Close Up

28 July 2011: Katsu Kanai: The Smiling Milky Way


"Coming at the tail end of the 1960s New Wave, Kanai Katsu became a pioneer of truly independent filmmaking that traversed Japan and Korea to surrealistically engage with issues of politics and identity" – Aaron Gerow

Introduction and Q&A with filmmaker Katsu Kanai

The Desert Archipelago
Katsu Kanai
1969 | 56 min | Digital  

Winner of the Grand Prix at Nyon International Film Festival and selected for Tony Rayns' "Eiga: 25 Years of Japanese Cinema" programme at Edinburgh International Film Festival in 1984, Katsu Kanai's debut The Desert Archipelago is the first of the Smiling Milky Way Trilogy and a landmark in experimental narrative cinema. A young man reaches adolescence and escapes the nunnery where he survived a tortured upbringing. Whilst on the run he encounters strange deities including over-sized newborns played by performance artists Zerojigen and his doppelganger which his wounded back has given birth to.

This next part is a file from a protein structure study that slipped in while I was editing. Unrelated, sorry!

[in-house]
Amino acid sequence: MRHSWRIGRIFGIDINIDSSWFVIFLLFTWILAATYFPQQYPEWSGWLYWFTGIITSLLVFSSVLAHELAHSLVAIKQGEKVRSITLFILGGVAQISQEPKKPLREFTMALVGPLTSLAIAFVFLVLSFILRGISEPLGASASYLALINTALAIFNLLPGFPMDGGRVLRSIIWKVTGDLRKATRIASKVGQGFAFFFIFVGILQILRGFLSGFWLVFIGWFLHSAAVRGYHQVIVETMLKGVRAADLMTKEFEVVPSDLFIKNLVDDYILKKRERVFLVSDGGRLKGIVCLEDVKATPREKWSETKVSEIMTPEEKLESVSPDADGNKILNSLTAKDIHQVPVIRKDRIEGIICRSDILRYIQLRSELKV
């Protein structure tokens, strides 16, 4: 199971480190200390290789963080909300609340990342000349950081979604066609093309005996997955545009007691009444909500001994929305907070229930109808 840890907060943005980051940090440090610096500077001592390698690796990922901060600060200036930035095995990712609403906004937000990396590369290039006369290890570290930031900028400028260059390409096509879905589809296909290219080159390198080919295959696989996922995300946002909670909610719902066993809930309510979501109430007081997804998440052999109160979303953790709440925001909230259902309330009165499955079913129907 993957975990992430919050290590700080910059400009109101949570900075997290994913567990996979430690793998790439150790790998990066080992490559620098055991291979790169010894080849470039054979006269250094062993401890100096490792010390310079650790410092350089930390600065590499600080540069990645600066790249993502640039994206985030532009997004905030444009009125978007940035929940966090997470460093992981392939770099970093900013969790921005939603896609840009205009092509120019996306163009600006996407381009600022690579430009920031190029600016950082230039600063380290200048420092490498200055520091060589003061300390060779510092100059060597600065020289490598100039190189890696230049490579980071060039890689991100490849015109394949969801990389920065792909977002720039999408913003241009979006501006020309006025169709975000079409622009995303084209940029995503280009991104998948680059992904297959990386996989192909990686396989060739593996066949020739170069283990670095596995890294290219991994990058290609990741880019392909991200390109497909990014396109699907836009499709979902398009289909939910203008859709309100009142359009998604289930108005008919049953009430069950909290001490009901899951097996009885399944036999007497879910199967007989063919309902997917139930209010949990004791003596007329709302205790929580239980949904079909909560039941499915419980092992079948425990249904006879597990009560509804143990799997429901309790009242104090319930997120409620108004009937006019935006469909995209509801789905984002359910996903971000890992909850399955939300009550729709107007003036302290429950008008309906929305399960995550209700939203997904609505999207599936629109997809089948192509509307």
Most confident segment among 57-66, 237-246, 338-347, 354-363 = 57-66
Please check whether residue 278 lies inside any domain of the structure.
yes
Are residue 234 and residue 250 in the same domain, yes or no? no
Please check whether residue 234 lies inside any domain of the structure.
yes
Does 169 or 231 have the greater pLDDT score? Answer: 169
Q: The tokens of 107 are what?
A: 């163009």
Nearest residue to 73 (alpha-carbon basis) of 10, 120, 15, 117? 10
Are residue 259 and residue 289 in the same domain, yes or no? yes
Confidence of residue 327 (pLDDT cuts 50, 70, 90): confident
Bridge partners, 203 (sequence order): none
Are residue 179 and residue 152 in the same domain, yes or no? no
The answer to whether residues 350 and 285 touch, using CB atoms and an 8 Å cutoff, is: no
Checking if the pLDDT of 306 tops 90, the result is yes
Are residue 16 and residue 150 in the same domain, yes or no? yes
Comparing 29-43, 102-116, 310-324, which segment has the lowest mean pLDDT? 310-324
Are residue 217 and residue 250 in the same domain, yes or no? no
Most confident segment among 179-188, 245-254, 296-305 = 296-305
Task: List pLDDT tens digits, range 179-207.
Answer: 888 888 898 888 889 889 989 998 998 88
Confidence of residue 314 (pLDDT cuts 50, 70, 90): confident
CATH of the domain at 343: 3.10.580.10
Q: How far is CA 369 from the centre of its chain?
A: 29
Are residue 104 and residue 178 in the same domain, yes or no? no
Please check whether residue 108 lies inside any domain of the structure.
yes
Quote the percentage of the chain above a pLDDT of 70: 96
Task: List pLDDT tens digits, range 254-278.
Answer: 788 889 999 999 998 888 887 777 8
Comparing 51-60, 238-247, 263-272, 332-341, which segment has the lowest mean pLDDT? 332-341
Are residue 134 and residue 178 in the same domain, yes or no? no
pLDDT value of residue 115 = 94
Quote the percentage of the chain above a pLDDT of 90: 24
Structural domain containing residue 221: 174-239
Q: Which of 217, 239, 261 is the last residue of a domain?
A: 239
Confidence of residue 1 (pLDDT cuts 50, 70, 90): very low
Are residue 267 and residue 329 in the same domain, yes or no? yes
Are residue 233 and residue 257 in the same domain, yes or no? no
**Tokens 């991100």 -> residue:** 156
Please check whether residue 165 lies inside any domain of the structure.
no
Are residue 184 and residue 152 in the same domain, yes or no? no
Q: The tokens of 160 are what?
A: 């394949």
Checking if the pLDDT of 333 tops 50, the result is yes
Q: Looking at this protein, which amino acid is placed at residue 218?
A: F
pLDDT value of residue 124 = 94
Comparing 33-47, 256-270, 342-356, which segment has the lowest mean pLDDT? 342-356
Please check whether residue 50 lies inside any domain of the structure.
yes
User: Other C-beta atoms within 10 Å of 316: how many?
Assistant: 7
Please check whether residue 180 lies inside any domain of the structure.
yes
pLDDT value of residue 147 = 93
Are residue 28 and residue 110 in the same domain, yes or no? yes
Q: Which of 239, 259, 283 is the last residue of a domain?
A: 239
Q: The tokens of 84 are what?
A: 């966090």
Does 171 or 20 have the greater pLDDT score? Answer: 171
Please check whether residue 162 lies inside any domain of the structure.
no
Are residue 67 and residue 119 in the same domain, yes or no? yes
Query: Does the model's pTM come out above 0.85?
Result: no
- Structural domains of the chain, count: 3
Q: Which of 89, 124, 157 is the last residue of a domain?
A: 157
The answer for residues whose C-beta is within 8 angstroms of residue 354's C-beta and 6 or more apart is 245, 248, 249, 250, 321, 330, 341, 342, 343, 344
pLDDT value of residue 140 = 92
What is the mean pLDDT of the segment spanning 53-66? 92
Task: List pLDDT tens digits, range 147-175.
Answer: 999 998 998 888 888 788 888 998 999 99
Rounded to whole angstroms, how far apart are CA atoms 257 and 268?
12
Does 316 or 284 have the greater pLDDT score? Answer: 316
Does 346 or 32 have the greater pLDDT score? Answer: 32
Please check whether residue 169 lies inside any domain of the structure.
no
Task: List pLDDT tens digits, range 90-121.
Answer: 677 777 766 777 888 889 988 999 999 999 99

Katsu Kanai
1971 | 52 min | Digital  

The first postwar Japanese film to be shot in South Korea, Katsu Kanai continues his Smiling Milky Way Trilogy with Good-Bye, an exploration of Japan-Korean relations and the roots of the Japanese bloodline. "The film uses surrealism and oneiric imagery as well as the disruptive effects of the performance as happening both to fantasize and to subject to ethnographic scrutiny Japan's fraught relation to Korea" – Ryan Cook

Part of Theatre Scorpio: Japanese Independent and Experimental Cinema of the 1960s programme